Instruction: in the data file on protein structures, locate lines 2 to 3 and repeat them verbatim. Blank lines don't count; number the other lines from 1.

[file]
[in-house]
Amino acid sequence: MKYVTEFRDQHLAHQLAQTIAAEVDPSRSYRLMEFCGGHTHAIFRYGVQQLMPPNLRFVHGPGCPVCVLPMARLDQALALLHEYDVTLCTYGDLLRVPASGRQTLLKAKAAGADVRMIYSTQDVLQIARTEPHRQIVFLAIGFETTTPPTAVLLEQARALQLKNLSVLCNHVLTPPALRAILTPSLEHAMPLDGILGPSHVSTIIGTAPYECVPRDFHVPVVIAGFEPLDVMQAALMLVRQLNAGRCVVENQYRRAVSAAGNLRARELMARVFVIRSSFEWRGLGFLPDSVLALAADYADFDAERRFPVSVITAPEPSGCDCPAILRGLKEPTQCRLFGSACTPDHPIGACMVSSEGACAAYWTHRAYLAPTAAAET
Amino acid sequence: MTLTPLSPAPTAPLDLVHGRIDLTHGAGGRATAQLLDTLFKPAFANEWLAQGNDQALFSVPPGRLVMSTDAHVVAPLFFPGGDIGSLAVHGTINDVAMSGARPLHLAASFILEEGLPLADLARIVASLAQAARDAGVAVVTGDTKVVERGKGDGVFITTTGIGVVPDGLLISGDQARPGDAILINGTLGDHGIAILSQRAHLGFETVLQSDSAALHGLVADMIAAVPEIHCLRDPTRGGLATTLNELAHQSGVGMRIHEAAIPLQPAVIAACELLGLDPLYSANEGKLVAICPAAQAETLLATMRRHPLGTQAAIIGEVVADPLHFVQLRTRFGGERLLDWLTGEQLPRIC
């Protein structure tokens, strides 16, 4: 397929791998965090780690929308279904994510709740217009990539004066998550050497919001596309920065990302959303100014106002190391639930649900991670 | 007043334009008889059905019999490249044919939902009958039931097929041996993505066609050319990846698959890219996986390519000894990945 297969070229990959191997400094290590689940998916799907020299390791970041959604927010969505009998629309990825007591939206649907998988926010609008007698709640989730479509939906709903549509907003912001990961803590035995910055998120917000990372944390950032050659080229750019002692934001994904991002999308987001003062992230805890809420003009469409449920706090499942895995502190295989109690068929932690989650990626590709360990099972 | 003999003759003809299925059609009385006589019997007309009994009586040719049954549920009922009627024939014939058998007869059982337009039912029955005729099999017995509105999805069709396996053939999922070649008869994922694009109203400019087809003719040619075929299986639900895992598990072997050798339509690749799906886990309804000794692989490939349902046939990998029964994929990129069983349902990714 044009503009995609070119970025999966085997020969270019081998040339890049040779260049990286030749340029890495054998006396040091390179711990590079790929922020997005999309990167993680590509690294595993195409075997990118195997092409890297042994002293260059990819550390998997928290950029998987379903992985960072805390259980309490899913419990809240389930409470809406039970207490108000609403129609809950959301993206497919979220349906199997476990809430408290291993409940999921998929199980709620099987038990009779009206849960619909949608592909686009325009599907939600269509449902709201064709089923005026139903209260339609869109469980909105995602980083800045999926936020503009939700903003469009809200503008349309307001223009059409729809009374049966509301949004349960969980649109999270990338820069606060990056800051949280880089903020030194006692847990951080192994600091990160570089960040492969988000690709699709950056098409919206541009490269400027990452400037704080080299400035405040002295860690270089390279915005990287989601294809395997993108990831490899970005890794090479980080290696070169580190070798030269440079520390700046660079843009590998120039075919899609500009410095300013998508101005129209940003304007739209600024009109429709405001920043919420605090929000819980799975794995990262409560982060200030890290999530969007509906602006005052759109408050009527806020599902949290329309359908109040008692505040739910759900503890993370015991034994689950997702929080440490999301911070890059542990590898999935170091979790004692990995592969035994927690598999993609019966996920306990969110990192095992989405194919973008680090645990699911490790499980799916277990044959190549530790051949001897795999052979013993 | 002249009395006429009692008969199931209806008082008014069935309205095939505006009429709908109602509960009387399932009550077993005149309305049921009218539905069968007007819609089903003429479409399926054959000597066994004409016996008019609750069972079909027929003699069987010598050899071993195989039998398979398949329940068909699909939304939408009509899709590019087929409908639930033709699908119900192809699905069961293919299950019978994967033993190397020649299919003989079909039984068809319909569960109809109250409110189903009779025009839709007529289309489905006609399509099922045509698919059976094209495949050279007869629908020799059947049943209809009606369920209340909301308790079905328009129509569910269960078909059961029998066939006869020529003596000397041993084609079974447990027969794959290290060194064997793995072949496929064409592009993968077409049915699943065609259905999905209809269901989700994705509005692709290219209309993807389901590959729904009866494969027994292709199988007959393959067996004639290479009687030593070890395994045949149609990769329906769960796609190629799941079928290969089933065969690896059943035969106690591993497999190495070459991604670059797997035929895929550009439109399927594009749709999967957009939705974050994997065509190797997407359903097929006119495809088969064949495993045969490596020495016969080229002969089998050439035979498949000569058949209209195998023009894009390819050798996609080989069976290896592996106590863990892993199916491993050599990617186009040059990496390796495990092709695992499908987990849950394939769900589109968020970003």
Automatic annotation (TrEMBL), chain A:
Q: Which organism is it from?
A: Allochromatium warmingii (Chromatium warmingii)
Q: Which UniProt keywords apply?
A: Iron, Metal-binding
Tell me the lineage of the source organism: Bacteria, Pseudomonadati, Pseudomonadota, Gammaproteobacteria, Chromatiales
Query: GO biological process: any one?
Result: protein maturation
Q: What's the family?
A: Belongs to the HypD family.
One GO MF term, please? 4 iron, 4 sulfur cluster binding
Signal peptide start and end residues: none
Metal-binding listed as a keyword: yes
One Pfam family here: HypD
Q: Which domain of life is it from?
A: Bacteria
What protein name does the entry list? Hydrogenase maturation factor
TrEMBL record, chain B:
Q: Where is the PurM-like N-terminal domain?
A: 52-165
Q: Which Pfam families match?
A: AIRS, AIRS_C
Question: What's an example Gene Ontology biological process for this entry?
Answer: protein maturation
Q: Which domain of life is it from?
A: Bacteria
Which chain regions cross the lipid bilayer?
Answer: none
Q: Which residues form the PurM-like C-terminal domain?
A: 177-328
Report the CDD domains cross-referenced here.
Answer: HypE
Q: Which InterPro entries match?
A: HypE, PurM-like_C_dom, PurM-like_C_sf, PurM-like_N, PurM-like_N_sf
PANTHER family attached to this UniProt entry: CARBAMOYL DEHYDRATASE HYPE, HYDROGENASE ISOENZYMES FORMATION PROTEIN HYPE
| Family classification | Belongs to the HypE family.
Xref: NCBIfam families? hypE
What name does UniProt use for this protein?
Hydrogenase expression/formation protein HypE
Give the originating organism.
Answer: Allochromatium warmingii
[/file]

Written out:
Amino acid sequence: MKYVTEFRDQHLAHQLAQTIAAEVDPSRSYRLMEFCGGHTHAIFRYGVQQLMPPNLRFVHGPGCPVCVLPMARLDQALALLHEYDVTLCTYGDLLRVPASGRQTLLKAKAAGADVRMIYSTQDVLQIARTEPHRQIVFLAIGFETTTPPTAVLLEQARALQLKNLSVLCNHVLTPPALRAILTPSLEHAMPLDGILGPSHVSTIIGTAPYECVPRDFHVPVVIAGFEPLDVMQAALMLVRQLNAGRCVVENQYRRAVSAAGNLRARELMARVFVIRSSFEWRGLGFLPDSVLALAADYADFDAERRFPVSVITAPEPSGCDCPAILRGLKEPTQCRLFGSACTPDHPIGACMVSSEGACAAYWTHRAYLAPTAAAET
Amino acid sequence: MTLTPLSPAPTAPLDLVHGRIDLTHGAGGRATAQLLDTLFKPAFANEWLAQGNDQALFSVPPGRLVMSTDAHVVAPLFFPGGDIGSLAVHGTINDVAMSGARPLHLAASFILEEGLPLADLARIVASLAQAARDAGVAVVTGDTKVVERGKGDGVFITTTGIGVVPDGLLISGDQARPGDAILINGTLGDHGIAILSQRAHLGFETVLQSDSAALHGLVADMIAAVPEIHCLRDPTRGGLATTLNELAHQSGVGMRIHEAAIPLQPAVIAACELLGLDPLYSANEGKLVAICPAAQAETLLATMRRHPLGTQAAIIGEVVADPLHFVQLRTRFGGERLLDWLTGEQLPRIC